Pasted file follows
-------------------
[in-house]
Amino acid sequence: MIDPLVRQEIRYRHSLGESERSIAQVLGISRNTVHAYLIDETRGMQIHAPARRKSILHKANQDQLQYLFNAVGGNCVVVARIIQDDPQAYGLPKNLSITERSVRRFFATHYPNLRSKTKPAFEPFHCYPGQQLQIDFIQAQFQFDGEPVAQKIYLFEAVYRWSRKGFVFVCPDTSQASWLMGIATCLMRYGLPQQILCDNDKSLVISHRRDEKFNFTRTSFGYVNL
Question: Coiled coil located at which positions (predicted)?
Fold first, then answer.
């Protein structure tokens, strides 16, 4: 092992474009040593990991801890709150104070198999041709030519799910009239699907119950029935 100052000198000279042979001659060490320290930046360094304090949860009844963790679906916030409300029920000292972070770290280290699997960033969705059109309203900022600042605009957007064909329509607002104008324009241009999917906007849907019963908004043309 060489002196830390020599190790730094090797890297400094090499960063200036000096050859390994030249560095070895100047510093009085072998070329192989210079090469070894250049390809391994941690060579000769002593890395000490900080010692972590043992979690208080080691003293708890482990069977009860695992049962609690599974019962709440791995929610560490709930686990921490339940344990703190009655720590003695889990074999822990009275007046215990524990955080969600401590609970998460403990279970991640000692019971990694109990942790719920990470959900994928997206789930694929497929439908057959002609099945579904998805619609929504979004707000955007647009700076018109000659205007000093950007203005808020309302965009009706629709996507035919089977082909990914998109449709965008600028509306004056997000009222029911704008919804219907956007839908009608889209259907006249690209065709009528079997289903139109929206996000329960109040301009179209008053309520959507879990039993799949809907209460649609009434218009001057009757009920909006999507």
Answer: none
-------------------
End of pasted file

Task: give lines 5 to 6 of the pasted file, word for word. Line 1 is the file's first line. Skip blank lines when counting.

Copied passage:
């Protein structure tokens, strides 16, 4: 092992474009040593990991801890709150104070198999041709030519799910009239699907119950029935 100052000198000279042979001659060490320290930046360094304090949860009844963790679906916030409300029920000292972070770290280290699997960033969705059109309203900022600042605009957007064909329509607002104008324009241009999917906007849907019963908004043309 060489002196830390020599190790730094090797890297400094090499960063200036000096050859390994030249560095070895100047510093009085072998070329192989210079090469070894250049390809391994941690060579000769002593890395000490900080010692972590043992979690208080080691003293708890482990069977009860695992049962609690599974019962709440791995929610560490709930686990921490339940344990703190009655720590003695889990074999822990009275007046215990524990955080969600401590609970998460403990279970991640000692019971990694109990942790719920990470959900994928997206789930694929497929439908057959002609099945579904998805619609929504979004707000955007647009700076018109000659205007000093950007203005808020309302965009009706629709996507035919089977082909990914998109449709965008600028509306004056997000009222029911704008919804219907956007839908009608889209259907006249690209065709009528079997289903139109929206996000329960109040301009179209008053309520959507879990039993799949809907209460649609009434218009001057009757009920909006999507």
Answer: none